So, a cancer up front 10 years ago could have been positive for estrogen receptor, but the only cells that survived – mutated, changed – were estrogen receptor negative, so what comes back could be different. So, it’s really critical to get that biopsy, repeat the estrogen/progesterone receptor and HER2, and also, in an ideal world, now that it’s 2020 and we’re moving more toward genomics, to do a full genomic profile and look for other changes and mutations that could drive our therapeutic options.

So, staging, knowing where the cancer is, getting a good baseline by understanding where it is and how big it is so that we can follow it and hopefully see that it’s responding to treatment, and then, repeating all of the biology components so that we know what the best options are for treatment are really critical.

Katherine:                  

Right. How can patients advocate for a precise breast cancer diagnosis, and why is that important?

Dr. Gralow:                

Well, all those things I just mentioned are key. Knowing exactly where it is so that we can monitor it – for example, if the cancer has come back in the bones, we would add what we call a bone modifying agent, a drug like zoledronic acid or denosumab – Zometa or Xgeva – which can suppress bone destruction from the cancer, but if it’s not in the bone, we wouldn’t add that.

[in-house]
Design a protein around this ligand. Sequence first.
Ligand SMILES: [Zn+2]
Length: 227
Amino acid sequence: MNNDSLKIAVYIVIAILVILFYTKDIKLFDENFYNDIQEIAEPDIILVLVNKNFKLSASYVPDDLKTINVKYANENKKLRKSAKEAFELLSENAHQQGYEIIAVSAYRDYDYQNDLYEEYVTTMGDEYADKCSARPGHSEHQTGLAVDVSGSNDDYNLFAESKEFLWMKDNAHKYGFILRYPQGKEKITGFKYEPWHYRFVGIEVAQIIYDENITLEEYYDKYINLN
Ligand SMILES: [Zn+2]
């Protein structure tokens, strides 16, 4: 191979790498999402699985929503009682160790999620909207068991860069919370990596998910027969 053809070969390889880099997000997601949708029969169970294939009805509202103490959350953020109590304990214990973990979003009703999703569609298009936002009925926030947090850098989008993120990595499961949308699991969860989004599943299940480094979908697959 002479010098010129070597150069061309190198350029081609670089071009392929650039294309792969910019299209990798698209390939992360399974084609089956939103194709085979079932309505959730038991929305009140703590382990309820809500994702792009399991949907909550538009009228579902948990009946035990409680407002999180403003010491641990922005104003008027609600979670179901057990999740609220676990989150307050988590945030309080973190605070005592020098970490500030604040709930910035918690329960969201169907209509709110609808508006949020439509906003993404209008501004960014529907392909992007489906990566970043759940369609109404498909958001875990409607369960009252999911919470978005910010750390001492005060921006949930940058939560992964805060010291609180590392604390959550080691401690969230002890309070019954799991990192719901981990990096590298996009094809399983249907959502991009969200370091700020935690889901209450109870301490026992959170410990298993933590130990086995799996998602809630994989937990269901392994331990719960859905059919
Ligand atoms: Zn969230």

And, we want to have a good look everywhere so that we can see if it’s responding because sometimes, the tumor can respond differently in one area than another. Also, I think it’s really important to know what your treatment options are by doing that biopsy, getting a full panel, and looking at potentially hundreds of genes that could be mutated, deleted, or amplified so that we know what our treatment options are.

And, we’re not going to use all the treatment options up front, so it’s helpful for knowing that if this treatment doesn’t work or is too toxic, what are the second-line or third-line options? So, we make sure that there’s what we call good staging up front so we know where the cancer is, and then we make sure that we’ve looked at it as best we can in 2020 with all the genomics.

 That would give us the best chance of being tailored – individualized – to the tumor. Sometimes, if we can’t biopsy it, like with a needle that would go into a liver spot, then increasingly, we’re looking at what we call liquid biopsies, and that can be drawing the blood and seeing if we can find parts of the tumor, whether it be the DNA or the RNA that’s floating around in the blood, and sometimes we can get that information out of the blood as well.